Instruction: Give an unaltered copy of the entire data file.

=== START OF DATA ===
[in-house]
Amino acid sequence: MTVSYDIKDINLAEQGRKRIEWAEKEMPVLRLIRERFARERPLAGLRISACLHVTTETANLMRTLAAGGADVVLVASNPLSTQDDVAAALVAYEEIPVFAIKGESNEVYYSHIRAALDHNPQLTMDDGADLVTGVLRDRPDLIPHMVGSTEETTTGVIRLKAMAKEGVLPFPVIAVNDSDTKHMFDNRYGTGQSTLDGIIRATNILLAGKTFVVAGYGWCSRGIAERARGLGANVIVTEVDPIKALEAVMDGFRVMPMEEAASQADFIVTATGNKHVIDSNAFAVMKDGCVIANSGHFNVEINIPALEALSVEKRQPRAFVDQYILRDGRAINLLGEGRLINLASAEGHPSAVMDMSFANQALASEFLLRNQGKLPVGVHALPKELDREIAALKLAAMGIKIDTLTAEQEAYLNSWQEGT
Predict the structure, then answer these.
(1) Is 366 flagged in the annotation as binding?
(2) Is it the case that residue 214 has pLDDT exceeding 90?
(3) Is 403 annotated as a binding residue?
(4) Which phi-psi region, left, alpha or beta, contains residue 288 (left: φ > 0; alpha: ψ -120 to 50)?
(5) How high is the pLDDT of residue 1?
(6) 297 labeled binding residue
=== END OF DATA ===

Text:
[in-house]
Amino acid sequence: MTVSYDIKDINLAEQGRKRIEWAEKEMPVLRLIRERFARERPLAGLRISACLHVTTETANLMRTLAAGGADVVLVASNPLSTQDDVAAALVAYEEIPVFAIKGESNEVYYSHIRAALDHNPQLTMDDGADLVTGVLRDRPDLIPHMVGSTEETTTGVIRLKAMAKEGVLPFPVIAVNDSDTKHMFDNRYGTGQSTLDGIIRATNILLAGKTFVVAGYGWCSRGIAERARGLGANVIVTEVDPIKALEAVMDGFRVMPMEEAASQADFIVTATGNKHVIDSNAFAVMKDGCVIANSGHFNVEINIPALEALSVEKRQPRAFVDQYILRDGRAINLLGEGRLINLASAEGHPSAVMDMSFANQALASEFLLRNQGKLPVGVHALPKELDREIAALKLAAMGIKIDTLTAEQEAYLNSWQEGT
Predict the structure, then answer these.
(1) Is 366 flagged in the annotation as binding?
(2) Is it the case that residue 214 has pLDDT exceeding 90?
(3) Is 403 annotated as a binding residue?
(4) Which phi-psi region, left, alpha or beta, contains residue 288 (left: φ > 0; alpha: ψ -120 to 50)?
(5) How high is the pLDDT of residue 1?
(6) 297 labeled binding residue